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Review: New Apple TV+ show is truly heartwarming and genuine

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Courtesy of Apple TV+
Therapist Jimmy (Jason Segel) gets advice from mentor figure Paul (Harrison Ford) in the new show “Shrinking.”

Apple TV+’s newest comedy “Shrinking” focuses on therapist Jimmy Laird (Jason Segel) as he grapples with the loss of his wife and attempts to rebuild his relationship with his daughter Alice (Lukita Maxwell). Jimmy tries new, unorthodox methods of therapy with his clients, including a new client, Sean (Luke Tennie), who Jimmy invites to live with him when he gets arrested.

“Shrinking” creators Bill Lawrence, Brett Goldstein and Jason Segel come together to create a show that embodies their careers prior to the show — charming and personal. They build a visually and tonally bright world, wrapping the viewer in warm California sunshine in every scene. Yet there is still room for darkness and depth. Alice and Jimmy are still in mourning and Sean experiences PTSD from his time in the military. Jimmy’s colleague Paul (Harrison Ford) struggles to tell his family that he has Parkinson’s disease and friend/colleague Gaby (Jessica Williams) learns how to be on her own again after divorcing her husband. Everyone in the show is dealing with something of their own and each of their stories is told with so much empathy. It is difficult not to care about these characters and what happens to them. 

While the show can be quite funny at times, its humor occasionally falters. This means the show is at its best in its sincerest moments. The fantastic performances by the supporting cast highlight this. Maxwell plays Alice with an intense humanity, emphasizing the underlying hurt in Alice in each line of teenage snark. The audience is able to feel what Alice feels in a way that makes them understand when she lashes out or closes herself off. Williams is also a huge standout, bursting with light in every scene she is in. One cannot help but fall in love with her. Ford gives one of his best performances as Paul, grounding the show and emphasizing what it is that the show is truly about: love. While Ford initially plays Paul as rather gruff, toward the end of the season he is able to reach a point of sweetness that ties the whole story together beautifully.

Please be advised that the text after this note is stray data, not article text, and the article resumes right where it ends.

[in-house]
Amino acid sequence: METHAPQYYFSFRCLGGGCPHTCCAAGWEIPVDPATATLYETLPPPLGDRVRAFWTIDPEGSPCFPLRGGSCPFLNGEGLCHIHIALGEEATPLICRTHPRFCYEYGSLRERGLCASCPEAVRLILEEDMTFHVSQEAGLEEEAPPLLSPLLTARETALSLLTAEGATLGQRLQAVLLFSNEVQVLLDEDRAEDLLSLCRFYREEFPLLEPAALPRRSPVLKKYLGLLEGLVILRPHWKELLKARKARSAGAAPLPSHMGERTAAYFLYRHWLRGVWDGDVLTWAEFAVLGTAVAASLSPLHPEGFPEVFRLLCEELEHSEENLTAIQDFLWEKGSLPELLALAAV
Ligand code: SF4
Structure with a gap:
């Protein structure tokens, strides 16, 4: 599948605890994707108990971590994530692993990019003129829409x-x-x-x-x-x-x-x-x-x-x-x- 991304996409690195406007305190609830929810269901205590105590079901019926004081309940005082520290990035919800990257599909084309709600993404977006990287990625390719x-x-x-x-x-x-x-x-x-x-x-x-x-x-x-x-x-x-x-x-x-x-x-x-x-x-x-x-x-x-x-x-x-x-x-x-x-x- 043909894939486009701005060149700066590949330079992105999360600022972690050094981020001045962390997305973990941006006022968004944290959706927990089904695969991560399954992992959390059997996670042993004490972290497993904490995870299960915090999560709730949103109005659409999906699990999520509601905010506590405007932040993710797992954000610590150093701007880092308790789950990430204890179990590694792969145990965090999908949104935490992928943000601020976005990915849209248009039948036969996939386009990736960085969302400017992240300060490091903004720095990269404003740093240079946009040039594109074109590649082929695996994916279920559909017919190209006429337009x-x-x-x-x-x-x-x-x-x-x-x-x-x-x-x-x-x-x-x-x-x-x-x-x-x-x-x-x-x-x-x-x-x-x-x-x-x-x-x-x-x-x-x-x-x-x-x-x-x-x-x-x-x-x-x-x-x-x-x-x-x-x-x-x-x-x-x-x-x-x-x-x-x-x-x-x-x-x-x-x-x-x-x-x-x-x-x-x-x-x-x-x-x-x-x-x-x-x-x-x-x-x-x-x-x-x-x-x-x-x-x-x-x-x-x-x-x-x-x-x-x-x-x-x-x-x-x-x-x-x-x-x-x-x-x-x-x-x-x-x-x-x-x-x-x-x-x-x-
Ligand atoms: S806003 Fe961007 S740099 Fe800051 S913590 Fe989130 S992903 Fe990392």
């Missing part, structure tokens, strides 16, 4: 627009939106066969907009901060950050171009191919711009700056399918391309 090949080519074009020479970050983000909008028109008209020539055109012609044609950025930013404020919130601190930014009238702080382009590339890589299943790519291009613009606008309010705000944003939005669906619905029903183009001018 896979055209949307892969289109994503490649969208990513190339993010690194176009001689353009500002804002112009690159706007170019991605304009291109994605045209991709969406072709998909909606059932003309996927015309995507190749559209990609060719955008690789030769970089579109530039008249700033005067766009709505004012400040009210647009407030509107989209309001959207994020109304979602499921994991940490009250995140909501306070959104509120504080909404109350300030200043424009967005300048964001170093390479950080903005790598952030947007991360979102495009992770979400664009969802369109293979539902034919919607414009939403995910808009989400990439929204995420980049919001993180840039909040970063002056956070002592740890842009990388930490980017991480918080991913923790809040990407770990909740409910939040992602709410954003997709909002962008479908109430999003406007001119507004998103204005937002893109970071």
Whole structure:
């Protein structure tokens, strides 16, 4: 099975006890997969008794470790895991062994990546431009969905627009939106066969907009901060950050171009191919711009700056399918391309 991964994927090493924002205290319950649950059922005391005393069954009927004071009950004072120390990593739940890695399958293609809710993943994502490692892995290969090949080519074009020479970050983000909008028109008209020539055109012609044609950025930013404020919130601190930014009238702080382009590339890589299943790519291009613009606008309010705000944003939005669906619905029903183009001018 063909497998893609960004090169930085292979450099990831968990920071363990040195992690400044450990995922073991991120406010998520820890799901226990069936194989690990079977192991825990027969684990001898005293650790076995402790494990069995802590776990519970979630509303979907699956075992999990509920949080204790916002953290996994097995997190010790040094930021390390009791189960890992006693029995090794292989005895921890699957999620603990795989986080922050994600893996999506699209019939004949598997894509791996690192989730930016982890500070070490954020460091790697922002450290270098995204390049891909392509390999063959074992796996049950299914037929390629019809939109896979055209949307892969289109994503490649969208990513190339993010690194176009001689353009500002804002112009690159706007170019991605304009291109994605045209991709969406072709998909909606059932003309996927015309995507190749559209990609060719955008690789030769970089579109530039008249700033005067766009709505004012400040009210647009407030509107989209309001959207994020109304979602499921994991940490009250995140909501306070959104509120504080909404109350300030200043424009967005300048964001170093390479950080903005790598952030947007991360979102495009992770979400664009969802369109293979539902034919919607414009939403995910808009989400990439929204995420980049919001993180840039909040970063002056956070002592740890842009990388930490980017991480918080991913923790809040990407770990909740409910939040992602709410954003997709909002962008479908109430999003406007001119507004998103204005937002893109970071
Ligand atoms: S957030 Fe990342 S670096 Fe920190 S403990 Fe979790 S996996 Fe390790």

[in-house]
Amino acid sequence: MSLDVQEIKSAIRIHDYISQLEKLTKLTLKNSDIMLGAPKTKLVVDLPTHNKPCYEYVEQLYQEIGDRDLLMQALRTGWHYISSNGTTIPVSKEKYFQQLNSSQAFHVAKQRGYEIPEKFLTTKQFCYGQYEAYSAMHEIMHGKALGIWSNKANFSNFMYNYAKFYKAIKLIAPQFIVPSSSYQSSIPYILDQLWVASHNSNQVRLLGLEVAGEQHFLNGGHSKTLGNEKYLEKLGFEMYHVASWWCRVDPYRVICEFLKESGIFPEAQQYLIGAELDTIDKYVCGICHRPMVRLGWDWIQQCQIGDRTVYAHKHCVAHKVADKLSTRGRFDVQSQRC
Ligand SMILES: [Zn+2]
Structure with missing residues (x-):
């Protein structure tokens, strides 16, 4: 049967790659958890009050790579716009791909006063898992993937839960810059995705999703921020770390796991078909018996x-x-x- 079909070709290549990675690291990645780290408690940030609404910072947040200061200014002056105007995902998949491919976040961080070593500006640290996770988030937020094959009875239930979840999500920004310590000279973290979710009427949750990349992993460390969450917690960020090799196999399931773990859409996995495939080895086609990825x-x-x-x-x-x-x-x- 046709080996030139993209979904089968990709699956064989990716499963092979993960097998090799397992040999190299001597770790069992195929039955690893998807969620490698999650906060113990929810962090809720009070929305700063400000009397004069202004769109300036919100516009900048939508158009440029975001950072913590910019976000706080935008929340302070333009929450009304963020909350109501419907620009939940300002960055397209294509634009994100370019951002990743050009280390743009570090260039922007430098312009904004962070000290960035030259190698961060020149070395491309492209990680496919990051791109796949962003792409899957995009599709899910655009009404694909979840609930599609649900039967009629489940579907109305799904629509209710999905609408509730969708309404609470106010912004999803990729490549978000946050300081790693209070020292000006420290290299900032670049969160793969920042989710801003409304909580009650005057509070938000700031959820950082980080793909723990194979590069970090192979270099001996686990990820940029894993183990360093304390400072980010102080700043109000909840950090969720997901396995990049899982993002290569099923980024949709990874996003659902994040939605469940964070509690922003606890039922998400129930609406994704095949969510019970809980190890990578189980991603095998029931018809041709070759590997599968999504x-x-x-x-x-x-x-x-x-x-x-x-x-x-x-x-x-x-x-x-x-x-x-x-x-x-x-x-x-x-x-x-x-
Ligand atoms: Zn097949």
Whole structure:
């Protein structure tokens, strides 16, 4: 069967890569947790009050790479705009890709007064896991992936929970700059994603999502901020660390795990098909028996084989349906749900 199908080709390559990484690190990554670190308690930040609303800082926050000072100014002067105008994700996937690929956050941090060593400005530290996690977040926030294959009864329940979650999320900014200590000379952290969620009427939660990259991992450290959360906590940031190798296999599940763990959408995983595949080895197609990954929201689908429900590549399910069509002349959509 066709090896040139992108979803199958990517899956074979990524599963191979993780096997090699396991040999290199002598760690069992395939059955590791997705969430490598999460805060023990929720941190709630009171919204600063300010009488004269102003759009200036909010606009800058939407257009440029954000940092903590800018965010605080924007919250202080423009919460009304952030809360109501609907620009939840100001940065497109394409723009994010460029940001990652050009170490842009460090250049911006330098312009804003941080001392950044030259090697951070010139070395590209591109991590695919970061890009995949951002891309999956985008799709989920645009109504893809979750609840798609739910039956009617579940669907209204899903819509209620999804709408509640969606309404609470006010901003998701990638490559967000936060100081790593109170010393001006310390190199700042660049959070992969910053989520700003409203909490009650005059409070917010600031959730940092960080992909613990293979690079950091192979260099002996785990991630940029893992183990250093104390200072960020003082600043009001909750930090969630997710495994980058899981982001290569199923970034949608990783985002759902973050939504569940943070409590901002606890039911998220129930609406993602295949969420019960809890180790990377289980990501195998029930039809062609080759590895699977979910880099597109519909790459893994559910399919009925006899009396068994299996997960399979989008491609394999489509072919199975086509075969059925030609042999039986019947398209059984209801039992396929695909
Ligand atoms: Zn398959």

Unfortunately, Gaby’s relationship with Jimmy is one of the weakest aspects of the show. The two become friends with benefits and it is implied in the finale that Gaby has romantic feelings for Jimmy. Their dynamic as friends in the first few episodes is quite endearing, but that changes when their relationship does. In addition, for Gaby’s storyline to be about her learning to be single and love herself, the writers do not give her much time to experience that fully before sticking her with Jimmy.

For such a heartwarming show, the jarring final scene of this first season is tragically out of place. One of Jimmy’s clients commits a crime in a moment that, while intended to be cathartic and an act of defiance for the character, comes off as strange. The scene leaves a bitter aftertaste in the viewer’s mouth despite an otherwise overwhelmingly lovely finale. 

“Shrinking” manages to depict humanity in all its beauty and pain while maintaining a distinct lightness throughout. There are some unnecessary storylines and off-putting scenes that bring the show down a bit, but this is still an outstanding first season that leaves viewers excited for what is to come in season two.

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